New Ford Transit Connect focuses on safety, versatility, tech

The vans hit Europe in mid-2018, and the US is likely to follow some time after that.

Andrew Krok Reviews Editor / Cars
Cars are Andrew's jam, as is strawberry. After spending years as a regular ol' car fanatic, he started working his way through the echelons of the automotive industry, starting out as social-media director of a small European-focused garage outside of Chicago. From there, he moved to the editorial side, penning several written features in Total 911 Magazine before becoming a full-time auto writer, first for a local Chicago outlet and then for CNET Cars.
Andrew Krok
2 min read

You might not see them very often -- or think much of them when you do -- but vans are a hugely important part of global business. Ford's latest version of the compact Transit Connect builds upon years of success with some solid updates.

The new Transit Connect, which slots beneath the full-size Transit in Ford's lineup, will go on sale in Europe in mid-2018.

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It's a van -- changes in this segment are often evolutionary, rather than revolutionary.


In that market, two engines will be on offer -- a 1.5-liter diesel I4, and a diminutive 1.0-liter I3. A six-speed manual is standard, but the diesel also offers an eight-speed automatic. The three-banger picks up some notable new engine tech in the Transit Connect, including cylinder deactivation, which will cut fuel to one of the cylinders under light load.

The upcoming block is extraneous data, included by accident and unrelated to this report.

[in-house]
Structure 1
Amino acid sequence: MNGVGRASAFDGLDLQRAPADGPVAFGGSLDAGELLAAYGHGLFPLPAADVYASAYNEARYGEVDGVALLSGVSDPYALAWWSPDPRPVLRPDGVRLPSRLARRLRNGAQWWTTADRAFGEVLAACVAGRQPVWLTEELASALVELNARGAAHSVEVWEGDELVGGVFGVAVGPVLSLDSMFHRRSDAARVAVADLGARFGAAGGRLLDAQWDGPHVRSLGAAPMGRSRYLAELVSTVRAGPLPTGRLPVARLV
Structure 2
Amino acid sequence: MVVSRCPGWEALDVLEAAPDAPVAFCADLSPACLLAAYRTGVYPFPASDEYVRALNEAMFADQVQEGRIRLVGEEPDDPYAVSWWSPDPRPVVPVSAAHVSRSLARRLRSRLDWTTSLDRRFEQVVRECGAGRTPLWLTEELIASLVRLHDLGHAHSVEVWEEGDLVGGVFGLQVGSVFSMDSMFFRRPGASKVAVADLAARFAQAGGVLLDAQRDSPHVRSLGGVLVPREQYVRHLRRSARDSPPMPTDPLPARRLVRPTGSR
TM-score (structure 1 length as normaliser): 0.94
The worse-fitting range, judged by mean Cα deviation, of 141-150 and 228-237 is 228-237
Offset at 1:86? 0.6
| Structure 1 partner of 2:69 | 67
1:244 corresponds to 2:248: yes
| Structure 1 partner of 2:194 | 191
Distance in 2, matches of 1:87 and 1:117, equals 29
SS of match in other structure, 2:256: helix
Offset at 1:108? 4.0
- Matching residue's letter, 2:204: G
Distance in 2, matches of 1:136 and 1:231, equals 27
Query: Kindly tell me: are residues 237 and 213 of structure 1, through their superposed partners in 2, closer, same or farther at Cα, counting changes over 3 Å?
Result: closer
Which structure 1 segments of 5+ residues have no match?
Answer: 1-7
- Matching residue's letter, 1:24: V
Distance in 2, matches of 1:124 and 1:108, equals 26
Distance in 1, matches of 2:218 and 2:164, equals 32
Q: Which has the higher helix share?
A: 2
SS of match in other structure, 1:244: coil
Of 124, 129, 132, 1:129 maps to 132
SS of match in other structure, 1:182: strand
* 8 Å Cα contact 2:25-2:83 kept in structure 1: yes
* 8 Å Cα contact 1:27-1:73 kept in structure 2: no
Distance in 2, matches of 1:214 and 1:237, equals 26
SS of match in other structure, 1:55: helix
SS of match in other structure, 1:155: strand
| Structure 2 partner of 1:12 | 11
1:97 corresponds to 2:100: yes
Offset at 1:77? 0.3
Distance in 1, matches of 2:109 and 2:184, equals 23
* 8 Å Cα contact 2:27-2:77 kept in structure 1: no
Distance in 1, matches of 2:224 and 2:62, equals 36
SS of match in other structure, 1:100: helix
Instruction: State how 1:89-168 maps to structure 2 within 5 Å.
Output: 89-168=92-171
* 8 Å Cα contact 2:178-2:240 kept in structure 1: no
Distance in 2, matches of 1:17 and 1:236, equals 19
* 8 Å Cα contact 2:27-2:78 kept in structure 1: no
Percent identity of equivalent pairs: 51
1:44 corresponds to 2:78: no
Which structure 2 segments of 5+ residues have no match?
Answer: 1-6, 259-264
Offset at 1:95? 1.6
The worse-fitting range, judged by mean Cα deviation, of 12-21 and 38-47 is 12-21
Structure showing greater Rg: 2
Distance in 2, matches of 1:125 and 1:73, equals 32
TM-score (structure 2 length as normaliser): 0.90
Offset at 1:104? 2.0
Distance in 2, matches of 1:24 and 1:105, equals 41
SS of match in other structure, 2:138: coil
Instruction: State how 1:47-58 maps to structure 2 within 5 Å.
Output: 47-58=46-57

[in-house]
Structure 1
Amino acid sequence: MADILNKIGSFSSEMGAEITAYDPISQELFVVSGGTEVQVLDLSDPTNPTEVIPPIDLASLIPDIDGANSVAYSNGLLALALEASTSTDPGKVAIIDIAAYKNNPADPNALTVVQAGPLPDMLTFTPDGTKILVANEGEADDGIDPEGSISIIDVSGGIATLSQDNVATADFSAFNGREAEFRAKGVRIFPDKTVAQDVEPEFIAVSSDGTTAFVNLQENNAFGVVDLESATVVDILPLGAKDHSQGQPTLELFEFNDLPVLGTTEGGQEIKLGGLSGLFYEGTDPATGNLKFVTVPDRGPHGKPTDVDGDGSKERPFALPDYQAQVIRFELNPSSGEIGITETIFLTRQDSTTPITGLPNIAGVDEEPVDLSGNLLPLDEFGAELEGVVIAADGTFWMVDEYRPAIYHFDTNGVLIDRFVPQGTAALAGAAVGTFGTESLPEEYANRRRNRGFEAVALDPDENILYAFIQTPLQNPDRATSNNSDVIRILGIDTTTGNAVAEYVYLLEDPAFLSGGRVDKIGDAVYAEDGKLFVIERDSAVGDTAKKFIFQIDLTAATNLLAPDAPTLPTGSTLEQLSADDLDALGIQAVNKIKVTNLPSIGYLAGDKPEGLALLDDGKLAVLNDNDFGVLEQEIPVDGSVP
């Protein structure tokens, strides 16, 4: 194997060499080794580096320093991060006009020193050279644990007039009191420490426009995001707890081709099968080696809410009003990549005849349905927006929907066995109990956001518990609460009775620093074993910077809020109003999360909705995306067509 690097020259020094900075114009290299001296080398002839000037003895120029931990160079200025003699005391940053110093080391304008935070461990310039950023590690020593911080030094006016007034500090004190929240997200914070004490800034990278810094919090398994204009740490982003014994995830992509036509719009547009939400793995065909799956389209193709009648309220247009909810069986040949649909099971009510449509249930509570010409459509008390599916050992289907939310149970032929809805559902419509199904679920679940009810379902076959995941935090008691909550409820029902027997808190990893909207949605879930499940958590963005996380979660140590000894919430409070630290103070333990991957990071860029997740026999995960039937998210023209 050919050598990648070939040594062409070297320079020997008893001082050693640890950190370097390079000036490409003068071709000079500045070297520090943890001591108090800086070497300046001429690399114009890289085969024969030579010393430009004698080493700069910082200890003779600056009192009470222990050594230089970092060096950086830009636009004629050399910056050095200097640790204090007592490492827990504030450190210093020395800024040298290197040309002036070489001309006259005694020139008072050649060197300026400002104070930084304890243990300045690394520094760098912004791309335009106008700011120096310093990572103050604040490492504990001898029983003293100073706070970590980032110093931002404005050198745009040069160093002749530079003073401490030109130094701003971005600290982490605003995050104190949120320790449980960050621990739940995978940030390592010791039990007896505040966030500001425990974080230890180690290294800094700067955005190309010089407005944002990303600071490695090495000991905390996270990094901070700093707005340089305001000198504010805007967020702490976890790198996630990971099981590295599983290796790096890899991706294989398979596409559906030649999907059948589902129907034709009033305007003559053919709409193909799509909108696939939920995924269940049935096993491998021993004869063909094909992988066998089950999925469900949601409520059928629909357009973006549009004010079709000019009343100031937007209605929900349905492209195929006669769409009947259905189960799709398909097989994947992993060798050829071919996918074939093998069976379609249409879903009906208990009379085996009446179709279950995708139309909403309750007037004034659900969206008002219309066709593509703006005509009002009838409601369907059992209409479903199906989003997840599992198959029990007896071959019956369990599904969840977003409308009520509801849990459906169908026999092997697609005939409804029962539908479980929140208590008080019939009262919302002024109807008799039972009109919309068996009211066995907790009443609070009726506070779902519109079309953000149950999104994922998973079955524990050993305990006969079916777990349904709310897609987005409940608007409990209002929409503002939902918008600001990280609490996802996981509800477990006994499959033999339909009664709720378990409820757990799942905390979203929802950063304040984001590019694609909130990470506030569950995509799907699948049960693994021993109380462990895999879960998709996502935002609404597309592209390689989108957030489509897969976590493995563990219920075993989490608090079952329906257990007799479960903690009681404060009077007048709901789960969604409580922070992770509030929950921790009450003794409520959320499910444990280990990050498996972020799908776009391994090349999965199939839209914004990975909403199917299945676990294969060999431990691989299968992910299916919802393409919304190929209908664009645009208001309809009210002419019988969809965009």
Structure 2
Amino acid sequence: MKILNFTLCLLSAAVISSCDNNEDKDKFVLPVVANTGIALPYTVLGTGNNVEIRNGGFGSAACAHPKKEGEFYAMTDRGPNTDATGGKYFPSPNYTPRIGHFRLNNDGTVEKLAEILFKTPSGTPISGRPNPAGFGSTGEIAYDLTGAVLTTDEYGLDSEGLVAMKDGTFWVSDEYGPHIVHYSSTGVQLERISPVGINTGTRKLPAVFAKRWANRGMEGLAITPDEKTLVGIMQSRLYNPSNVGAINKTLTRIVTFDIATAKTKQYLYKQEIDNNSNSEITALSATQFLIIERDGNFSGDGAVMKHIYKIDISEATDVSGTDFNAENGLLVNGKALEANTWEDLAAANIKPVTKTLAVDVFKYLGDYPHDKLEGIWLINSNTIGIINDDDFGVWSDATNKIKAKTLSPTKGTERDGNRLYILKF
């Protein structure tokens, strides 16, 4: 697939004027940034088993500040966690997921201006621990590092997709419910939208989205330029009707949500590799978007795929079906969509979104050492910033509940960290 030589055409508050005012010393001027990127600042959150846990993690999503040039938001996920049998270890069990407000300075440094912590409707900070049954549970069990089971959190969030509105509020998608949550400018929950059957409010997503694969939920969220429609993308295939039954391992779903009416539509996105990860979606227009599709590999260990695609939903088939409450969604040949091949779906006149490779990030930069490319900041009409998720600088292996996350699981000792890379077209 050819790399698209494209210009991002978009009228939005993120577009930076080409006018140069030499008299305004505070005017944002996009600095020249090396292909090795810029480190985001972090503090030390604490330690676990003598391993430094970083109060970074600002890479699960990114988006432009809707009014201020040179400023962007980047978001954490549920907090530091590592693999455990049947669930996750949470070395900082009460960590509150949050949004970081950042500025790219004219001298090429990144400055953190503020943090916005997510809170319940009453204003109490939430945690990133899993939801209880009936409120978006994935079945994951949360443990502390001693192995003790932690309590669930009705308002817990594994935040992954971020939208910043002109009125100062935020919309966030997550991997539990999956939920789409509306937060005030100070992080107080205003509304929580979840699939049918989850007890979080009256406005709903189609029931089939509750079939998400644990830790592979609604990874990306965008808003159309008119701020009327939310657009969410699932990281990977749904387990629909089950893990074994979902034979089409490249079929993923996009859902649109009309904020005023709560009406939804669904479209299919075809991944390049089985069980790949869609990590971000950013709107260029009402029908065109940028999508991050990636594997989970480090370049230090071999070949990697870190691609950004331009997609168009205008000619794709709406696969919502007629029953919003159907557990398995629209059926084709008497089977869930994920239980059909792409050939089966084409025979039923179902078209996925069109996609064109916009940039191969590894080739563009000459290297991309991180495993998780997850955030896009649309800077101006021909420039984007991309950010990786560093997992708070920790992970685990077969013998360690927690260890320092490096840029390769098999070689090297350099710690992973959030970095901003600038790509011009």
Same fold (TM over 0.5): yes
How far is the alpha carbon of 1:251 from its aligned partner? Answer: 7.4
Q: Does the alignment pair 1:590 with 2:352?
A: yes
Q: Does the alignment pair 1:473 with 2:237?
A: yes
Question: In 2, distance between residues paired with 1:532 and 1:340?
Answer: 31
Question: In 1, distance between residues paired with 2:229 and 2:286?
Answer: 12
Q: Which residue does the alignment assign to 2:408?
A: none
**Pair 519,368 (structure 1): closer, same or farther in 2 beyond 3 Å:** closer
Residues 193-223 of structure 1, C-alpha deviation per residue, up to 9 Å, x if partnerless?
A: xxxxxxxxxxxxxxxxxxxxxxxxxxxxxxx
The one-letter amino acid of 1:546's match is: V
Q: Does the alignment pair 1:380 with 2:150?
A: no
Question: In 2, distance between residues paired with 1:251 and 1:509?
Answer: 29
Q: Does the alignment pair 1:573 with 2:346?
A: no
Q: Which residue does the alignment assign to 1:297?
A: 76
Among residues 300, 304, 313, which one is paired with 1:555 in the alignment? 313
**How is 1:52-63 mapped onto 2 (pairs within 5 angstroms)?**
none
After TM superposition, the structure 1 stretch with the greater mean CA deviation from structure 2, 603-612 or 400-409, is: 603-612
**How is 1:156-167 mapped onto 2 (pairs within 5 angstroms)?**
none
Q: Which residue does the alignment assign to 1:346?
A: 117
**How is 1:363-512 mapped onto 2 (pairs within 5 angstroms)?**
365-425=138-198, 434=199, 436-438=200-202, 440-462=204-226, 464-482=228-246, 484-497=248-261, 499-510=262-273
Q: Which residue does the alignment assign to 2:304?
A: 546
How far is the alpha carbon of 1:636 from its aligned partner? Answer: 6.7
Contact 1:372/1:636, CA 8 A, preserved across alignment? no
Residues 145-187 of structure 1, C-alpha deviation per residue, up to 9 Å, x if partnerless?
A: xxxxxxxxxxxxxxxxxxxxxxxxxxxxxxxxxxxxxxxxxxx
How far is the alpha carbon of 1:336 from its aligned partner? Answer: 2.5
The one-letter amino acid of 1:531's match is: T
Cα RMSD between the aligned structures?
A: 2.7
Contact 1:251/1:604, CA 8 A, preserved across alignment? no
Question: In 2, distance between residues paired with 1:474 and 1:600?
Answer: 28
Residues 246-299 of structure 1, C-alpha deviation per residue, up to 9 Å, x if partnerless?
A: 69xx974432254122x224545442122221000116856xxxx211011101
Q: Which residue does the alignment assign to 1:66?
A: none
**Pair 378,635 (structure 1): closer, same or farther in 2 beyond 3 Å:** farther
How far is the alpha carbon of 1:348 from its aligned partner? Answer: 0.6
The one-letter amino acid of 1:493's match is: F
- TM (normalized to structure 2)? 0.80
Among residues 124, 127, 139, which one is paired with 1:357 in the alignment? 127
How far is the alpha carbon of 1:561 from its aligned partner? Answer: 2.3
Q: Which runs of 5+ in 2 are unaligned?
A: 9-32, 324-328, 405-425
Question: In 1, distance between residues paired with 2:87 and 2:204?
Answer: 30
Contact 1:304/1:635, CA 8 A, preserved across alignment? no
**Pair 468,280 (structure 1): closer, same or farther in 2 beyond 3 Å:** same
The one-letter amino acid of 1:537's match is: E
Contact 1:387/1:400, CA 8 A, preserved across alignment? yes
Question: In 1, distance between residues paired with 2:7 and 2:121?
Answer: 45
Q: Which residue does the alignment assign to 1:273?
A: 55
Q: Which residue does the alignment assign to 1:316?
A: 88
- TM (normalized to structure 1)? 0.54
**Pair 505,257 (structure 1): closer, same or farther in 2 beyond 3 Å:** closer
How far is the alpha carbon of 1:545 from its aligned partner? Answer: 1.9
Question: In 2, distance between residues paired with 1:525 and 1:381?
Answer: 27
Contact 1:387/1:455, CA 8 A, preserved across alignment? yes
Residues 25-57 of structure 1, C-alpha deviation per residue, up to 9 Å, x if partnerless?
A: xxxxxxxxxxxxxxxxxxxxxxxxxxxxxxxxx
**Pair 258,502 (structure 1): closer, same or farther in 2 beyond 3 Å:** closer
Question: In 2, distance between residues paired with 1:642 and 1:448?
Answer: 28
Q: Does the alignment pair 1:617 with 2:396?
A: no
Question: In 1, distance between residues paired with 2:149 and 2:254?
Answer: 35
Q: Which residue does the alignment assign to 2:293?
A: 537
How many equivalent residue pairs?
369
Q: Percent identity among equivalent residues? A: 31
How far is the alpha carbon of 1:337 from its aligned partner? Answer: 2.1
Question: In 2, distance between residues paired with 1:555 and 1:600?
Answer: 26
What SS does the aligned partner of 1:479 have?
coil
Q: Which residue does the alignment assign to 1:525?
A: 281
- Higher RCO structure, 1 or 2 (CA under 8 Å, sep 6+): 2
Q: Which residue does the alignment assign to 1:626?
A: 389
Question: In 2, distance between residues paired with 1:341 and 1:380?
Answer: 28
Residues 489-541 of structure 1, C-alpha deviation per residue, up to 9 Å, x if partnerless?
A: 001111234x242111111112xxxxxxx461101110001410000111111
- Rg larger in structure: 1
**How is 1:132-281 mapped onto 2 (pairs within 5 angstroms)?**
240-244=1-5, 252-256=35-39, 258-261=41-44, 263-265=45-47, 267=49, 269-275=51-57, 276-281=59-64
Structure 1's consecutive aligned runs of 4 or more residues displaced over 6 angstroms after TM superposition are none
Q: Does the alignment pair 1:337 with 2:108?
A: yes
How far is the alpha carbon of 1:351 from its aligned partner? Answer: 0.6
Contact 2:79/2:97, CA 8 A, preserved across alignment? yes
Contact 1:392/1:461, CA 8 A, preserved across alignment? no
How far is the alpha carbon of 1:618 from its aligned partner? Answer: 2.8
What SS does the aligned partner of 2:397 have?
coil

Aesthetically, the changes are on the minor side. A new set of headlights and a more pronounced front grille lets the Transit Connect blend in alongside Ford's latest passenger cars. The interior sports a revised instrument panel with a 6-inch Sync 3 touchscreen infotainment system. Safety systems include automatic emergency braking and active parking assist for both perpendicular and parallel spaces.

Fleet operators even have something to look forward to with the new Transit Connect. Ford has extended the service interval for both gas and diesel variants to 25,000 miles, which means less dealership downtime and boosted productivity.

Ford hasn't yet said anything about the new Transit Connect with regards to the US market, but I believe it's all but inevitable. While Europe may get the first crack at it, the Transit Connect is a global vehicle, and thus any changes that apply to Europe are pretty much guaranteed to affect other markets, too, including our own. It's just a matter of when Ford will talk about it, and whether or not the engines will change between here and there.